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Versions: 00 01

Network Working Group                                          E. Foudil
Internet-Draft                                         December 03, 2017
Intended status: Informational
Expires: June 6, 2018


                   A Method for Web Security Policies
                      draft-foudil-securitytxt-01

Abstract

   When security risks in web services are discovered by independent
   security researchers who understand the severity of the risk, they
   often lack the channels to properly disclose them.  As a result,
   security issues may be left unreported. security.txt defines a
   standard to help organizations define the process for security
   researchers to securely disclose security vulnerabilities.

Status of This Memo

   This Internet-Draft is submitted in full conformance with the
   provisions of BCP 78 and BCP 79.

   Internet-Drafts are working documents of the Internet Engineering
   Task Force (IETF).  Note that other groups may also distribute
   working documents as Internet-Drafts.  The list of current Internet-
   Drafts is at http://datatracker.ietf.org/drafts/current/.

   Internet-Drafts are draft documents valid for a maximum of six months
   and may be updated, replaced, or obsoleted by other documents at any
   time.  It is inappropriate to use Internet-Drafts as reference
   material or to cite them other than as "work in progress."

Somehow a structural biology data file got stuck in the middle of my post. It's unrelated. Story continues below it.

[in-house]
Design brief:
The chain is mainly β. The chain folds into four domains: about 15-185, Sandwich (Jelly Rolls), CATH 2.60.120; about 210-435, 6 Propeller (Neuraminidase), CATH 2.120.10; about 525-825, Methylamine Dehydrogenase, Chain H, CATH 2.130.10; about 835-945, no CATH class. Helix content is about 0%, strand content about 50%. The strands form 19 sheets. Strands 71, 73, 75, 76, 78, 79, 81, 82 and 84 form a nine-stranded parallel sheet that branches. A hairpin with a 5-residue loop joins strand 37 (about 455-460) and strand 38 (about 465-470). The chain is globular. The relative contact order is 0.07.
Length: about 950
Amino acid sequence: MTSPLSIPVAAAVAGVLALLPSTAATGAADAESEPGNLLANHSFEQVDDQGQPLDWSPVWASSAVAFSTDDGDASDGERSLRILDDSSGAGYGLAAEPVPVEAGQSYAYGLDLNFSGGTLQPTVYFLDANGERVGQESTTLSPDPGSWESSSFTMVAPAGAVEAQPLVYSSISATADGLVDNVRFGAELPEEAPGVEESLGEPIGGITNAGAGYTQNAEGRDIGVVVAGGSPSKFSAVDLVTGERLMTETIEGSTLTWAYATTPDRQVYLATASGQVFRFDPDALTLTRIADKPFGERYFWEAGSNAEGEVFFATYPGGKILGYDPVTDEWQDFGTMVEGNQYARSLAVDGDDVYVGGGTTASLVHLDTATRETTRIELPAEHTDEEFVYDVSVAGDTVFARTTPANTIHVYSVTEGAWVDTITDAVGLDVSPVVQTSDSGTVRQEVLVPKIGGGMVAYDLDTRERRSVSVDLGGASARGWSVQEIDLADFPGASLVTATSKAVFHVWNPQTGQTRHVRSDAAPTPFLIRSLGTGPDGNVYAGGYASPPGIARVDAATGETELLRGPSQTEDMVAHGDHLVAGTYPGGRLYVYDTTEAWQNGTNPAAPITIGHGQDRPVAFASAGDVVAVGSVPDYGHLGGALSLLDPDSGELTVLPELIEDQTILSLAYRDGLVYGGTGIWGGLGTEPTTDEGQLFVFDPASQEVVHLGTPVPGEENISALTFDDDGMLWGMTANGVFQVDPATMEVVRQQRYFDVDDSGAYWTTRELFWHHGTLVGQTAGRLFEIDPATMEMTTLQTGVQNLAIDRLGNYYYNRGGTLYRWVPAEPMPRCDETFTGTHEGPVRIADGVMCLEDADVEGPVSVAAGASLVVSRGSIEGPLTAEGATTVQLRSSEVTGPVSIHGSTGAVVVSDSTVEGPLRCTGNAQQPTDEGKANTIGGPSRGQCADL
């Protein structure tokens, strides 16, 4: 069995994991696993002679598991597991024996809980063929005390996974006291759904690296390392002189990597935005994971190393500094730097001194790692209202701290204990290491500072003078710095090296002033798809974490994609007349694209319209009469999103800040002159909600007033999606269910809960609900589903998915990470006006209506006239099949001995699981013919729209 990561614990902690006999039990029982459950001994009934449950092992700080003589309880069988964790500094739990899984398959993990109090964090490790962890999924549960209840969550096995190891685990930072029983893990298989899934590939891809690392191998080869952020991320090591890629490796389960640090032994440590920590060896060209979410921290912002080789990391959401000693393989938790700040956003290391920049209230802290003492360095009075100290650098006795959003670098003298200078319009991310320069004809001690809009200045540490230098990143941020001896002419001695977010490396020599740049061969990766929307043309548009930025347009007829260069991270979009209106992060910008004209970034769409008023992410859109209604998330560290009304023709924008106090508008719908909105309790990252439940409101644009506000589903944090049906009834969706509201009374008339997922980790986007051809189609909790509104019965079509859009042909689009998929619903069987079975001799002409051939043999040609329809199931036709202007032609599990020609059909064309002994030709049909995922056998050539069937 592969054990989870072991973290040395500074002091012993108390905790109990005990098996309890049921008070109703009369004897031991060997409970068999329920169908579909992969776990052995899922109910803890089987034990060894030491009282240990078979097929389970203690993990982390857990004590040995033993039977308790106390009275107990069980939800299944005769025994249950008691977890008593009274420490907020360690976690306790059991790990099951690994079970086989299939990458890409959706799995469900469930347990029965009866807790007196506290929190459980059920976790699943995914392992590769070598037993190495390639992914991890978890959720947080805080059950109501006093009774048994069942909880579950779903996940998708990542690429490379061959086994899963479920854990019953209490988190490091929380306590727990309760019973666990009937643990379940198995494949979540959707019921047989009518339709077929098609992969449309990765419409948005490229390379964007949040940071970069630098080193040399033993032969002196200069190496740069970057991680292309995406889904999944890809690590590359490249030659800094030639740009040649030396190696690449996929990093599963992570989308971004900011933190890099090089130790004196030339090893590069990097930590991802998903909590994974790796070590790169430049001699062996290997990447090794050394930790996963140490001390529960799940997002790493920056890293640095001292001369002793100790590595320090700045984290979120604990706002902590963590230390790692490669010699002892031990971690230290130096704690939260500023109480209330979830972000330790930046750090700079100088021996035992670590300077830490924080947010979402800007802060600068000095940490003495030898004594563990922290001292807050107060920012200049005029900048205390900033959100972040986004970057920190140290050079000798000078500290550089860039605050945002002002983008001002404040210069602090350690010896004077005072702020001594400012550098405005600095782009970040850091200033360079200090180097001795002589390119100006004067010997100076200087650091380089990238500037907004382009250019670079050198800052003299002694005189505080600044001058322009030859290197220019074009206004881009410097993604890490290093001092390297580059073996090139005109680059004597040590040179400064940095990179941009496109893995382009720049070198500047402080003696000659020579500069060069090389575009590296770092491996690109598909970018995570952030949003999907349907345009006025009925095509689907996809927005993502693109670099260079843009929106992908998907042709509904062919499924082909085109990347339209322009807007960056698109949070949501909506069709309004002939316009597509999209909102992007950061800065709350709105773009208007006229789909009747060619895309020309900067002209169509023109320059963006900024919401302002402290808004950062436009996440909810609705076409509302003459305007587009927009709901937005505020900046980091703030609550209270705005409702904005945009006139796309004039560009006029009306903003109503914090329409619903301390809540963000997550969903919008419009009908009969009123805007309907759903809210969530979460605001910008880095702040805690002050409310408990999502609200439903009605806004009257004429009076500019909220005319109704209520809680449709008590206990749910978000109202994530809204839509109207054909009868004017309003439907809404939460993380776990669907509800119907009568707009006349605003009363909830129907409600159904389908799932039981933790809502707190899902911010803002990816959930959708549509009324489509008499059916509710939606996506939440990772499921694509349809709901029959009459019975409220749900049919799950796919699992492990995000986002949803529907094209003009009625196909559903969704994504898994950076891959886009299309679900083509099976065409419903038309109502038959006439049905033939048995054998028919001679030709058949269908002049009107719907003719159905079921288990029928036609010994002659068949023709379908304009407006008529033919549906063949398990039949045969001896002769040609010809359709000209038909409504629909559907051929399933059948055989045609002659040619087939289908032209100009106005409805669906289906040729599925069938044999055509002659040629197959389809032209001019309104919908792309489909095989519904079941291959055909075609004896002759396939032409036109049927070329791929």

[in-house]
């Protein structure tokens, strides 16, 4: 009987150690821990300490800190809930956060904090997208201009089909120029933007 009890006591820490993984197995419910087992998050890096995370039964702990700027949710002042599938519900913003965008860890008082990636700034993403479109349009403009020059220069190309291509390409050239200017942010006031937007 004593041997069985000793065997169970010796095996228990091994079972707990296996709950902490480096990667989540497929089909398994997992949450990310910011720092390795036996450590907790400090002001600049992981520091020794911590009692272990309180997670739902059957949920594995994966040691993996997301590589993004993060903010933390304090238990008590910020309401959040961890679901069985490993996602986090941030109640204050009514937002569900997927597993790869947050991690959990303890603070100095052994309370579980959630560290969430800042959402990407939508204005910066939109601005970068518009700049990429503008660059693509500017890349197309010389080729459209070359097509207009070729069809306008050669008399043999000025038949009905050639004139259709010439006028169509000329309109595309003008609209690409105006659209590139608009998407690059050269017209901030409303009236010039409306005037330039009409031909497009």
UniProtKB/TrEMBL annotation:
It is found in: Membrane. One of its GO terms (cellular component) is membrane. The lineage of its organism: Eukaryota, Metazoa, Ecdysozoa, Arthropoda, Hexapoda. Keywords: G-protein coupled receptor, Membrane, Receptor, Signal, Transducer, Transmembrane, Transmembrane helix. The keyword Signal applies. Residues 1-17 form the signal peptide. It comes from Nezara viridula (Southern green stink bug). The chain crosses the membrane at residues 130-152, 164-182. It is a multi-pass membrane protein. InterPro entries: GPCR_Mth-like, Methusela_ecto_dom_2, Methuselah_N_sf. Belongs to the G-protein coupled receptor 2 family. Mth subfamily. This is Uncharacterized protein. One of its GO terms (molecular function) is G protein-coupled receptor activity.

This Internet-Draft will expire on June 6, 2018.

Copyright Notice

   Copyright (c) 2017 IETF Trust and the persons identified as the
   document authors.  All rights reserved.

   This document is subject to BCP 78 and the IETF Trust's Legal
   Provisions Relating to IETF Documents
   (http://trustee.ietf.org/license-info) in effect on the date of
   publication of this document.  Please review these documents
   carefully, as they describe your rights and restrictions with respect
   to this document.  Code Components extracted from this document must
   include Simplified BSD License text as described in Section 4.e of




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   the Trust Legal Provisions and are provided without warranty as
   described in the Simplified BSD License.

Table of Contents

   1.  Introduction  . . . . . . . . . . . . . . . . . . . . . . . .   2
     1.1.  Motivation  . . . . . . . . . . . . . . . . . . . . . . .   2
     1.2.  Terminology . . . . . . . . . . . . . . . . . . . . . . .   3
   2.  The Specification . . . . . . . . . . . . . . . . . . . . . .   3
     2.1.  Comments  . . . . . . . . . . . . . . . . . . . . . . . .   3
     2.2.  Separate Fields . . . . . . . . . . . . . . . . . . . . .   4
     2.3.  Contact:  . . . . . . . . . . . . . . . . . . . . . . . .   4
     2.4.  Encryption: . . . . . . . . . . . . . . . . . . . . . . .   4
     2.5.  Signature:  . . . . . . . . . . . . . . . . . . . . . . .   5
     2.6.  Acknowledgement:  . . . . . . . . . . . . . . . . . . . .   5
     2.7.  Example . . . . . . . . . . . . . . . . . . . . . . . . .   6
   3.  Location of the security.txt file . . . . . . . . . . . . . .   6
     3.1.  Web-based services  . . . . . . . . . . . . . . . . . . .   6
     3.2.  File systems  . . . . . . . . . . . . . . . . . . . . . .   6
     3.3.  Internal hosts  . . . . . . . . . . . . . . . . . . . . .   6
     3.4.  Extensibility . . . . . . . . . . . . . . . . . . . . . .   6
   4.  File Format Description . . . . . . . . . . . . . . . . . . .   7
   5.  Security considerations . . . . . . . . . . . . . . . . . . .   8
   6.  IANA Considerations . . . . . . . . . . . . . . . . . . . . .   8
     6.1.  Well-Known URIs registry  . . . . . . . . . . . . . . . .   8
     6.2.  Registry for security.txt Header Fields . . . . . . . . .   8
   7.  Contributors  . . . . . . . . . . . . . . . . . . . . . . . .   9